£15000 - £25000 per annum: Recruitment Genius: To support their continued grow...

Recruitment Genius: Marketing Data Specialist

£22000 - £25000 per annum: Recruitment Genius: They are the go-to company for ...

Recruitment Genius: Search Marketing Specialist - PPC / SEO

Negotiable: Recruitment Genius: This is an opportunity to join the UK's leadin...

Recruitment Genius: Sales Administrator

Negotiable: Recruitment Genius: This caravan dealership are currently recruiti...

Day In a Page

Read Next
Rafael Nadal is down and out, beaten by Dustin Brown at Wimbledon – but an era is not thereby ended  

Sad as it is, Rafael Nadal's decline does not mark the end of tennis's golden era

Tom Peck
Is this the future of flying: battery-powered planes made of plastic, and without flight decks?

Is this the future of flying?

Battery-powered planes made of plastic, and without flight decks
Isis are barbarians – but the Caliphate is a dream at the heart of all Muslim traditions

Isis are barbarians

but the Caliphate is an ancient Muslim ideal
The Brink's-Mat curse strikes again: three tons of stolen gold that brought only grief

Curse of Brink's Mat strikes again

Death of John 'Goldfinger' Palmer the latest killing related to 1983 heist
Greece debt crisis: 'The ministers talk to us about miracles' – why Greeks are cynical ahead of the bailout referendum

'The ministers talk to us about miracles'

Why Greeks are cynical ahead of the bailout referendum
Call of the wild: How science is learning to decode the way animals communicate

Call of the wild

How science is learning to decode the way animals communicate
Greece debt crisis: What happened to democracy when it’s a case of 'Vote Yes or else'?

'The economic collapse has happened. What is at risk now is democracy...'

If it doesn’t work in Europe, how is it supposed to work in India or the Middle East, asks Robert Fisk
The science of swearing: What lies behind the use of four-letter words?

The science of swearing

What lies behind the use of four-letter words?
The Real Stories of Migrant Britain: Clive fled from Zimbabwe - now it won't have him back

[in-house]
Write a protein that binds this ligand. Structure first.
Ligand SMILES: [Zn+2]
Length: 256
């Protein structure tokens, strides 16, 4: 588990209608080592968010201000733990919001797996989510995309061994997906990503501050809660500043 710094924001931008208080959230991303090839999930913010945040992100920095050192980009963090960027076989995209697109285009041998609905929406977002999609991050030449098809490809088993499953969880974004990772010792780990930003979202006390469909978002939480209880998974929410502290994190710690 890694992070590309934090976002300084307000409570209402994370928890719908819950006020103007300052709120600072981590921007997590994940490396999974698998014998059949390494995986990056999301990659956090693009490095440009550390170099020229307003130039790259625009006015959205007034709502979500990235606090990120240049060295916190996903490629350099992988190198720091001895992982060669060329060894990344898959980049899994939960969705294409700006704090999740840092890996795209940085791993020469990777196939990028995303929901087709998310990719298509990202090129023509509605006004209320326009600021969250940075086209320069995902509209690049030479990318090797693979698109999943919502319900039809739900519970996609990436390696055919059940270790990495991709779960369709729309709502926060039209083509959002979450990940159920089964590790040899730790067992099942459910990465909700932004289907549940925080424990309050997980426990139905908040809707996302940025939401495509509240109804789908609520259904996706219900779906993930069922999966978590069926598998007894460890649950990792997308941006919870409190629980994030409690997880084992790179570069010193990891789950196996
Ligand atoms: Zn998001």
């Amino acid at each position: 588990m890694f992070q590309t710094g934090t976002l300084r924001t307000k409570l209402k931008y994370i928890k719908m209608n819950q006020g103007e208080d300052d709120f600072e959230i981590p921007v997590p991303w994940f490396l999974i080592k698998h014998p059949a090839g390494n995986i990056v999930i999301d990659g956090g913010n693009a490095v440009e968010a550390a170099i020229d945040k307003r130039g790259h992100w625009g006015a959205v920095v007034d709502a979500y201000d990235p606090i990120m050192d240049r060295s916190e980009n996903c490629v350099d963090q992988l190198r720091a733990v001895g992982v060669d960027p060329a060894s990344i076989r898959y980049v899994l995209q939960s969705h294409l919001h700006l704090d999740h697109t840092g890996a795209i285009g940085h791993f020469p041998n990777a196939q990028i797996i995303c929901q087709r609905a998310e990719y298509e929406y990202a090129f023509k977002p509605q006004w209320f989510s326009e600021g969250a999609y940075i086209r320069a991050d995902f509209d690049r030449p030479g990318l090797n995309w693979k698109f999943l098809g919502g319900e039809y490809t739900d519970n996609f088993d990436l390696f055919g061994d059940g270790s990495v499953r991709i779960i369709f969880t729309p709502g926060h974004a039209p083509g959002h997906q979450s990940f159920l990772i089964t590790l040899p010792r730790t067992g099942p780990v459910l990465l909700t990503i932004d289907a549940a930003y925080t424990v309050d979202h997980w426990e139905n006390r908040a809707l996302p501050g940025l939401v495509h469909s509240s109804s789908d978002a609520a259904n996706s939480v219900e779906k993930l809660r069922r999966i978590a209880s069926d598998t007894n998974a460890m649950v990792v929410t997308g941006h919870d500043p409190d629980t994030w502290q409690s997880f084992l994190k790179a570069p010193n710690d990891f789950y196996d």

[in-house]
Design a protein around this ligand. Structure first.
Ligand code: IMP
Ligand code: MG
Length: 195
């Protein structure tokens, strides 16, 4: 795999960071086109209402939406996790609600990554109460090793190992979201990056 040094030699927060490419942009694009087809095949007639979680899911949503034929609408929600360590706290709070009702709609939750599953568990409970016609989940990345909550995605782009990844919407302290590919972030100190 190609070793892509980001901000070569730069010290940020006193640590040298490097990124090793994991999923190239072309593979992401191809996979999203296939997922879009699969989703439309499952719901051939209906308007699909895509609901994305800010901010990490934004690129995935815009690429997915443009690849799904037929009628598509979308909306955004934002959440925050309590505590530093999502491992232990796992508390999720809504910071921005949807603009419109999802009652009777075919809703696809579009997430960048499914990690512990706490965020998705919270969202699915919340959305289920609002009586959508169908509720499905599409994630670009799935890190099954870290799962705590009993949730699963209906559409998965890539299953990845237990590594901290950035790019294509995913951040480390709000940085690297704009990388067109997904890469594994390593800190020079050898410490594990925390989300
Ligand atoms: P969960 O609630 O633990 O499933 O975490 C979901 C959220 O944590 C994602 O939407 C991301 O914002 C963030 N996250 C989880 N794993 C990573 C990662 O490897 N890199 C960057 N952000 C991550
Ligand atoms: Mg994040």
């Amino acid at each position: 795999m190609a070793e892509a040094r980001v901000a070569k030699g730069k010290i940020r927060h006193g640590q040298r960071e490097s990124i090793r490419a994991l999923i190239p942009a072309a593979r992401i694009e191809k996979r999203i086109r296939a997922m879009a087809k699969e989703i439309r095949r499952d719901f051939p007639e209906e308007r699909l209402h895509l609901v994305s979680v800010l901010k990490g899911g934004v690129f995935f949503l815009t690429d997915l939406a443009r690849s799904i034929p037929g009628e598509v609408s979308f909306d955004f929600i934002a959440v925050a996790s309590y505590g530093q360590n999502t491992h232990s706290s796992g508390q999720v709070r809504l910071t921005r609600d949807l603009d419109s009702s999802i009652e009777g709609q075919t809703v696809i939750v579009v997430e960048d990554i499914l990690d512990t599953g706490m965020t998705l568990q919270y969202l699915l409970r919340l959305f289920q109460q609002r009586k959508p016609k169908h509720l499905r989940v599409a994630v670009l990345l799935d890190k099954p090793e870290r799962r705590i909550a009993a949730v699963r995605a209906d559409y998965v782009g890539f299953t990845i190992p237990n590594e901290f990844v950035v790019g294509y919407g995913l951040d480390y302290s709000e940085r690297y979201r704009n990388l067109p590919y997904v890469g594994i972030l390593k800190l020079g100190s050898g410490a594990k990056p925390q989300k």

The Real Stories of Migrant Britain

Clive fled from Zimbabwe - now it won’t have him back
Africa on the menu: Three foodie friends want to popularise dishes from the continent

Africa on the menu

Three foodie friends want to popularise dishes from the hot new continent
Donna Karan is stepping down after 30 years - so who will fill the DKNY creator's boots?

Who will fill Donna Karan's boots?

The designer is stepping down as Chief Designer of DKNY after 30 years. Alexander Fury looks back at the career of 'America's Chanel'
10 best statement lightbulbs

10 best statement lightbulbs

Dare to bare with some out-of-the-ordinary illumination
Wimbledon 2015: Heather Watson - 'I had Serena's poster on my wall – now I'm playing her'

Heather Watson: 'I had Serena's poster on my wall – now I'm playing her'

Briton pumped up for dream meeting with world No 1
Wimbledon 2015: Nick Bollettieri - It's time for big John Isner to produce the goods to go with his thumping serve

Nick Bollettieri's Wimbledon Files

It's time for big John Isner to produce the goods to go with his thumping serve
Dustin Brown: Who is the tennis player who knocked Rafael Nadal out of Wimbeldon 2015?

Dustin Brown

Who is the German player that knocked Nadal out of Wimbeldon 2015?
Ashes 2015: Damien Martyn - 'England are fired up again, just like in 2005...'

Damien Martyn: 'England are fired up again, just like in 2005...'

Australian veteran of that Ashes series, believes the hosts' may become unstoppable if they win the first Test